Associative acquisition of word meaning by trial-and-error learning
The Abstract book contains the abstracts of the posters presentations of the participants of the Methodological school: Methods of data processing in EEg and MEG, Moscow, 16-30th of April, 2013. The School was devoted to the theoretical and practical aspects of the contemporary methods of the dynamic mapping of brain activity by analysis of multichannel MEG and EEG.
We tested whether mirror visual feedback (MVF) from a moving hand induced high gamma oscillation (HGO) response in the hemisphere contralateral to the mirror and ipsilateral to the self-paced movement. MEG was recorded in 14 subjects under three conditions: bilateral synchronous movements of both index fingers (BILATERAL), movements of the right hand index fingerwhile observing the immobile left index finger (NOMIRROR), and movements of the right hand index fingerwhile observing its mirror reflection (MIRROR). The right hemispheric spatiospectral regions of interests (ROIs) in the sensor space, sensitive to bilateral movements, were found by statistical comparison of the BILATERAL spectral responses to baseline. For these ROIs, the post-movement HGO responses were compared between the MIRROR and NOMIRROR conditions. We found that MVF from the moving hand, similarly to the real movements of the opposite hand, induced HGOs (55–85 Hz) in the sensorimotor cortex. This MVF effect was frequency-specific and did not spread to oscillations in other frequency bands. This is the first study demonstrating movement-related HGO induced by MVF from the moving hand in the absence of proprioceptive feedback signaling. Our findings support the hypothesis that MVF can trigger the feedback-based control processes specifically associated with perception of one's own movements.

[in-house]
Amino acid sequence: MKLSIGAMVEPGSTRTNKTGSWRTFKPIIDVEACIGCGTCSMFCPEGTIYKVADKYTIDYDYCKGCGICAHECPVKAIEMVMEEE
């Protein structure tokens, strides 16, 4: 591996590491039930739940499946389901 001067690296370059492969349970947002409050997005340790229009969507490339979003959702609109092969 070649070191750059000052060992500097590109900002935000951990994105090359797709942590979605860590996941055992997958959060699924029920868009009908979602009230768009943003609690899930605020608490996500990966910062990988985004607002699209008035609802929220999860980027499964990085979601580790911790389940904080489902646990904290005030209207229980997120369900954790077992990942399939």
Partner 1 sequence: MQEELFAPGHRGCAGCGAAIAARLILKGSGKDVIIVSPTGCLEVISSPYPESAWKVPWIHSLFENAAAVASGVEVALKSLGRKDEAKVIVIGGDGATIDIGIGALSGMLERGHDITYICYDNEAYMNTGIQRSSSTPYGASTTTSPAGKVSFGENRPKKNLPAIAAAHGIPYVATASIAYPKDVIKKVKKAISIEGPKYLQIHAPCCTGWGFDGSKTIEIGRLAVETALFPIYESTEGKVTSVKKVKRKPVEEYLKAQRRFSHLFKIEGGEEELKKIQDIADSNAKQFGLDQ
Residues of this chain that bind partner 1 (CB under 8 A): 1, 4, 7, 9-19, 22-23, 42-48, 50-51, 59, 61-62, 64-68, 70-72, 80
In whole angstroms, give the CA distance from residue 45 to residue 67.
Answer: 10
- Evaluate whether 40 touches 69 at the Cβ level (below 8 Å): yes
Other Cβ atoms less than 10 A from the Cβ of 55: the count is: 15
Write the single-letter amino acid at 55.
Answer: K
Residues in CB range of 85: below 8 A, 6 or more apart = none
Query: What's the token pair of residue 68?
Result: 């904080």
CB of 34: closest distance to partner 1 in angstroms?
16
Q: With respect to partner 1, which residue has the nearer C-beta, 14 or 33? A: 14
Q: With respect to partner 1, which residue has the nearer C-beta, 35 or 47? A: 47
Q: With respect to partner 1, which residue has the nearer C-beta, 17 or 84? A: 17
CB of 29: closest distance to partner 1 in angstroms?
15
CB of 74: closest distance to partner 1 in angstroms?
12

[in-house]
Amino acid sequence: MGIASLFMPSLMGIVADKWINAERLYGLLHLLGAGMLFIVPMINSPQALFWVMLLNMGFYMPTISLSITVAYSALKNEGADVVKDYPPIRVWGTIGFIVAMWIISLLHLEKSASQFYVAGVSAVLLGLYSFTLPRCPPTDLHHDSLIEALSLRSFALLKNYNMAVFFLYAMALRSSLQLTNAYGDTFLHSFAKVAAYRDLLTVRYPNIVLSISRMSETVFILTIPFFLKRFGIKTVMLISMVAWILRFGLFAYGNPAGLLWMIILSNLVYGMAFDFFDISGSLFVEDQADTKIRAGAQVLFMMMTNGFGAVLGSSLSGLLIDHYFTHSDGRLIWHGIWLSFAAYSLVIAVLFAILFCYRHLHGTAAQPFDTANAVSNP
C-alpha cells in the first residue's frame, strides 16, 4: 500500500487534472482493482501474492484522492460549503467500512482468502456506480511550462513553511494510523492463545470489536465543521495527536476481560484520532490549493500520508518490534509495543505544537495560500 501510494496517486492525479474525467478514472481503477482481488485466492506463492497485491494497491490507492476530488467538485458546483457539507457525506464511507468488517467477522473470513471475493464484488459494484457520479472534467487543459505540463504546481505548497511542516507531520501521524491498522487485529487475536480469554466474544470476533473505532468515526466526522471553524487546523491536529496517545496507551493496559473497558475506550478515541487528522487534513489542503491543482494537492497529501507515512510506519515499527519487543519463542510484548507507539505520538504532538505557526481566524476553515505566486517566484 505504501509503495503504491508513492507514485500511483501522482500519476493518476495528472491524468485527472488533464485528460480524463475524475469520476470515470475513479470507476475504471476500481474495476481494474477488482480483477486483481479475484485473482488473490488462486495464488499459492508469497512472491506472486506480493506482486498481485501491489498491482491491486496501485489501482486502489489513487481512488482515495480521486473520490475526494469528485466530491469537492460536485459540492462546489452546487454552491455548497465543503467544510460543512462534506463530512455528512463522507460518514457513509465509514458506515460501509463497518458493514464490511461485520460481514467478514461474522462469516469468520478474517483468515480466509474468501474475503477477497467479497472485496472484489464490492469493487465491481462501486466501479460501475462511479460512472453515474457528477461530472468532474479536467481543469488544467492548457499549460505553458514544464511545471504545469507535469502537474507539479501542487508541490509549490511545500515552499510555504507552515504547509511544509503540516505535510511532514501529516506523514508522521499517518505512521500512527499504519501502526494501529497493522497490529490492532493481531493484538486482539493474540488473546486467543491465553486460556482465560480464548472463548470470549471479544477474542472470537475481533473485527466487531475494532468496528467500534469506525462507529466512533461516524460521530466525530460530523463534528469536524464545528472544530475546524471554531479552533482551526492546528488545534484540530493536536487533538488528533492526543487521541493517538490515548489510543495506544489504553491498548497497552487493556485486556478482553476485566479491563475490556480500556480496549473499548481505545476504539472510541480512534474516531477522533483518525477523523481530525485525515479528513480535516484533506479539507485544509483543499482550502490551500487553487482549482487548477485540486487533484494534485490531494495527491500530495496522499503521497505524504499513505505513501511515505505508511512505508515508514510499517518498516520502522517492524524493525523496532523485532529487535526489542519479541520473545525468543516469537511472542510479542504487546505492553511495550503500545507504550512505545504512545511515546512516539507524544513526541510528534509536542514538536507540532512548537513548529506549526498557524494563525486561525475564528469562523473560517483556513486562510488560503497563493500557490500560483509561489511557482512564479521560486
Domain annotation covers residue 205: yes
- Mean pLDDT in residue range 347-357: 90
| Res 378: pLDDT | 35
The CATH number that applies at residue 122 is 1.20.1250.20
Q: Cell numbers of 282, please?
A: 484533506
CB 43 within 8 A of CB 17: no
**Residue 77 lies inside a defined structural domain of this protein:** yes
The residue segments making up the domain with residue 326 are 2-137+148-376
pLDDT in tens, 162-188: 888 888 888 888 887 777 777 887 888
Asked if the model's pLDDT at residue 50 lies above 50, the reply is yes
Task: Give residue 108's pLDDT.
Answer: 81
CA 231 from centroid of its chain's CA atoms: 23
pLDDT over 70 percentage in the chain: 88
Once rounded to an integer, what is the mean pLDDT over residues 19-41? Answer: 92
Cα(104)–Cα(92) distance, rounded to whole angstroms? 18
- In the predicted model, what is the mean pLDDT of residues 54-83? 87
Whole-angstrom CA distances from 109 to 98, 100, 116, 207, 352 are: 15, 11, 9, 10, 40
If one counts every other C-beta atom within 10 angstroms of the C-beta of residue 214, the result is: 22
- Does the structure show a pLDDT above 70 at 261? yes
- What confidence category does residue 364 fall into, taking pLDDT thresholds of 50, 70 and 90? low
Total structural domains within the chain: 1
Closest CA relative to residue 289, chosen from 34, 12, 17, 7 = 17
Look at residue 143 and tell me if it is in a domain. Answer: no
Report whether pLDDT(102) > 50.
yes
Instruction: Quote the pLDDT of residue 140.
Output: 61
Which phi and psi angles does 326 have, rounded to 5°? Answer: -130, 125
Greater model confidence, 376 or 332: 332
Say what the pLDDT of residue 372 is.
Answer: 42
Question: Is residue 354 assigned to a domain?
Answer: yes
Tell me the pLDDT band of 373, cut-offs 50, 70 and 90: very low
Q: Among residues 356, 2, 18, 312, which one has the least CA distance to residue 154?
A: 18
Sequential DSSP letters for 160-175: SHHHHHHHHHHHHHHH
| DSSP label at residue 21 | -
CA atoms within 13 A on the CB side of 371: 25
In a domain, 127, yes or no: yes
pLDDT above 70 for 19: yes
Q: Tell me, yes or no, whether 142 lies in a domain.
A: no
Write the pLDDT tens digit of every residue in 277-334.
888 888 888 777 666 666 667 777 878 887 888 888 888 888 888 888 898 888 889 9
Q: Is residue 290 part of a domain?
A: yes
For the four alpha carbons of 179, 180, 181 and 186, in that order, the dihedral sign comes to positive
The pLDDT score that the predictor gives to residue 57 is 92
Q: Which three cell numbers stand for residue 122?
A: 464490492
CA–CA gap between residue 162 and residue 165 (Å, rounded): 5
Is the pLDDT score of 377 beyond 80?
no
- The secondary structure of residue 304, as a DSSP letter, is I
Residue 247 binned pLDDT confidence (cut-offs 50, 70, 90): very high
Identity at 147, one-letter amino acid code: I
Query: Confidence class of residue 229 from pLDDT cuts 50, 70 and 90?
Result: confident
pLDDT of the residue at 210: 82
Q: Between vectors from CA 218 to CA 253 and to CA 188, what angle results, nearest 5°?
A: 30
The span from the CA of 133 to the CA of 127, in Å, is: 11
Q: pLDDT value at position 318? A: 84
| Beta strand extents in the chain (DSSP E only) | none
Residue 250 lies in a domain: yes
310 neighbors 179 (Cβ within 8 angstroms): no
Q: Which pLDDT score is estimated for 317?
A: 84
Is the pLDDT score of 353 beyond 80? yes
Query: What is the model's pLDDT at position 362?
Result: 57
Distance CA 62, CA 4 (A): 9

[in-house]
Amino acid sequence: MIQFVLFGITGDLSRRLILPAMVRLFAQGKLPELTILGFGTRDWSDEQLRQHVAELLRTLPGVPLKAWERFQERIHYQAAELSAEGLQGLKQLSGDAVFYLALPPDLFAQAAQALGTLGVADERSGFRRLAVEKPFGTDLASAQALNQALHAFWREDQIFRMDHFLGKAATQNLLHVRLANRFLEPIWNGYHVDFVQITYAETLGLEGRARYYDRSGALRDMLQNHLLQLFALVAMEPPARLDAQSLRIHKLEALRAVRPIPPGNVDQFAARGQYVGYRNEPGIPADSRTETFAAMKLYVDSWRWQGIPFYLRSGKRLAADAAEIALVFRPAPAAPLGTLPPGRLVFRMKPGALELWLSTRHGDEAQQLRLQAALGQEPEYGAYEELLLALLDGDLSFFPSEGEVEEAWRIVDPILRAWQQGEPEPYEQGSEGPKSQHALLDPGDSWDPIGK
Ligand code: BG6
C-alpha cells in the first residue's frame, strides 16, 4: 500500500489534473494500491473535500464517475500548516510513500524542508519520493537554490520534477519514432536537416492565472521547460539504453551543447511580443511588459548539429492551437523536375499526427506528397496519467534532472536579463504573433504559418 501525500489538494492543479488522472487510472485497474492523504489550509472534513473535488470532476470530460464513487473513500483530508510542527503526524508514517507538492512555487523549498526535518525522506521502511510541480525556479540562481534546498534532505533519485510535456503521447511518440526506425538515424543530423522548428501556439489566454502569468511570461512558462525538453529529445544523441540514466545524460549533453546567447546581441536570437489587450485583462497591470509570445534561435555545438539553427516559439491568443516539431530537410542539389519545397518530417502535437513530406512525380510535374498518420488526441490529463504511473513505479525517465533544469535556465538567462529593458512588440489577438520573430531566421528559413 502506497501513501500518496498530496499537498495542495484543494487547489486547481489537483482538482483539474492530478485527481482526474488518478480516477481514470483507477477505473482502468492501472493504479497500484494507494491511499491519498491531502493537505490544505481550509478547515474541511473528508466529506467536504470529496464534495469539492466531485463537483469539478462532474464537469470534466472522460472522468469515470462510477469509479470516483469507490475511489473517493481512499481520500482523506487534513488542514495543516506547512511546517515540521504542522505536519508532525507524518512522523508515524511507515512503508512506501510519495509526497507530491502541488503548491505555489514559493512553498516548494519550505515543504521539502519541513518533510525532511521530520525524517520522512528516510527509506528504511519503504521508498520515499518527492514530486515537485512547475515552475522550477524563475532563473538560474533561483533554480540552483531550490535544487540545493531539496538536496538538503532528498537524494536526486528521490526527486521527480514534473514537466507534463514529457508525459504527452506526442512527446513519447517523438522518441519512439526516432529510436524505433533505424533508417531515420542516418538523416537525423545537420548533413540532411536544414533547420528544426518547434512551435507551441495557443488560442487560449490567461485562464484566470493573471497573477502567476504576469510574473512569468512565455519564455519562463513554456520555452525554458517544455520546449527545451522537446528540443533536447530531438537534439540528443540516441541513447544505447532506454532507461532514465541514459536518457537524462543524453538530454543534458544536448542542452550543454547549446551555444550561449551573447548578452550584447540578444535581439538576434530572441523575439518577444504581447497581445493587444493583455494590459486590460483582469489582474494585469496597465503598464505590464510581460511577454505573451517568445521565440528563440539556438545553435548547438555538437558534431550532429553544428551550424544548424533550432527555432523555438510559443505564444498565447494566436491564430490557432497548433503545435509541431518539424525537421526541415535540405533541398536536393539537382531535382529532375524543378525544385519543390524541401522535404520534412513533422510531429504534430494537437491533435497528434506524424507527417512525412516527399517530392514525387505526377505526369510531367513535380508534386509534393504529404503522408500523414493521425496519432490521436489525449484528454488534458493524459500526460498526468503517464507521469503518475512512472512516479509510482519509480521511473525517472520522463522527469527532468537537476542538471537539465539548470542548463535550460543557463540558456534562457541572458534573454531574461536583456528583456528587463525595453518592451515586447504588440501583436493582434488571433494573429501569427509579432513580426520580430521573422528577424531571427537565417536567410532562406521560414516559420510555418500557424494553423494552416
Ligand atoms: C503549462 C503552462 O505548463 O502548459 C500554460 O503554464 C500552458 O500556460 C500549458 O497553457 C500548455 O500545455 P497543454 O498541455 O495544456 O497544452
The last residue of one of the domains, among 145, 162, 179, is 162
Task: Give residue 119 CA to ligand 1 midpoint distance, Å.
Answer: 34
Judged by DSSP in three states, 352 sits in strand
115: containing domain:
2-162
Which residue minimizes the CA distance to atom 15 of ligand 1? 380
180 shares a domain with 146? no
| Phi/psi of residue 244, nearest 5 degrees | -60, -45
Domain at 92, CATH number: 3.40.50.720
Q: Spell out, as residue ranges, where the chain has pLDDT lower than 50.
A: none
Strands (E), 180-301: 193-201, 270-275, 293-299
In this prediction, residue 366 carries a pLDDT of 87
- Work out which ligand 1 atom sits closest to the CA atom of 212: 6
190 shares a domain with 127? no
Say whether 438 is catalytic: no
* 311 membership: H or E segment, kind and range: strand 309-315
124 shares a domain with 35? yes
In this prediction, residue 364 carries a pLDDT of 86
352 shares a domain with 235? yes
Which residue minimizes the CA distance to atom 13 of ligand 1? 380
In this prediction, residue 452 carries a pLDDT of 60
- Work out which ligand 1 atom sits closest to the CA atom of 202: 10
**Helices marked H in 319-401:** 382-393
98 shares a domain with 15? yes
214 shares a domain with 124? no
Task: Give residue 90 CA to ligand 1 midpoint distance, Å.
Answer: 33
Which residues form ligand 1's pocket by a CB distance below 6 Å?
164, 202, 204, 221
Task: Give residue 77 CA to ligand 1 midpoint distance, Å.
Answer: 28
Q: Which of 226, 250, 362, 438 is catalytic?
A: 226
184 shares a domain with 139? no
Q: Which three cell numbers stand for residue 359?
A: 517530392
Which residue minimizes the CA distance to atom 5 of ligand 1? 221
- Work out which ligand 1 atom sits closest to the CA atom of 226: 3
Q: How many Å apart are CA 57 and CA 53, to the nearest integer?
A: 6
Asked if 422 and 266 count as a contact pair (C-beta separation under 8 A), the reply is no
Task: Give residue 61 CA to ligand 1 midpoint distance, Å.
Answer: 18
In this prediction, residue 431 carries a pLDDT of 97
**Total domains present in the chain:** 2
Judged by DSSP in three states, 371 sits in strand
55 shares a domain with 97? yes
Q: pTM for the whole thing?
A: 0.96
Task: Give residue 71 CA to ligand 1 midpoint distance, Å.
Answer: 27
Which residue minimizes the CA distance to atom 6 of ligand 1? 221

The Abstract book contains the abstracts of the posters presentations of the participants of the Methodological school: Methods of data processing in EEG and MEG, Moscow, 16-30th of April, 2013. The School was devoted to the theoretical and practical aspects of the contemporary methods of the dynamic mapping of brain activity by analysis of multichannel MEG and EEG.
The problem of non-invasive preoperative localization of motor areas in human cortex has not been solved yet. In clinical practice, localization of the hand representation in the primary motor cortex often becomes one of the main goals of the pre-surgical evaluation. In healthy subjects the area of the motor hand representation usually corresponds to certain standard anatomical landmarks (hand knob in the precentral gyrus), which can be easily found in sMRI images. Unfortunately, in patients with various brain lesions these landmarks may be absent or not corresponding to the area of the motor cortex. In such cases, location of irreplacable areas must be determined according to their functional and/or temporal dynamical characteristics.
It might become a promising method of localizing primary motor area by way of taking into account the characteristic properties of the primary motor cortex temporal dynamics during movement preparation.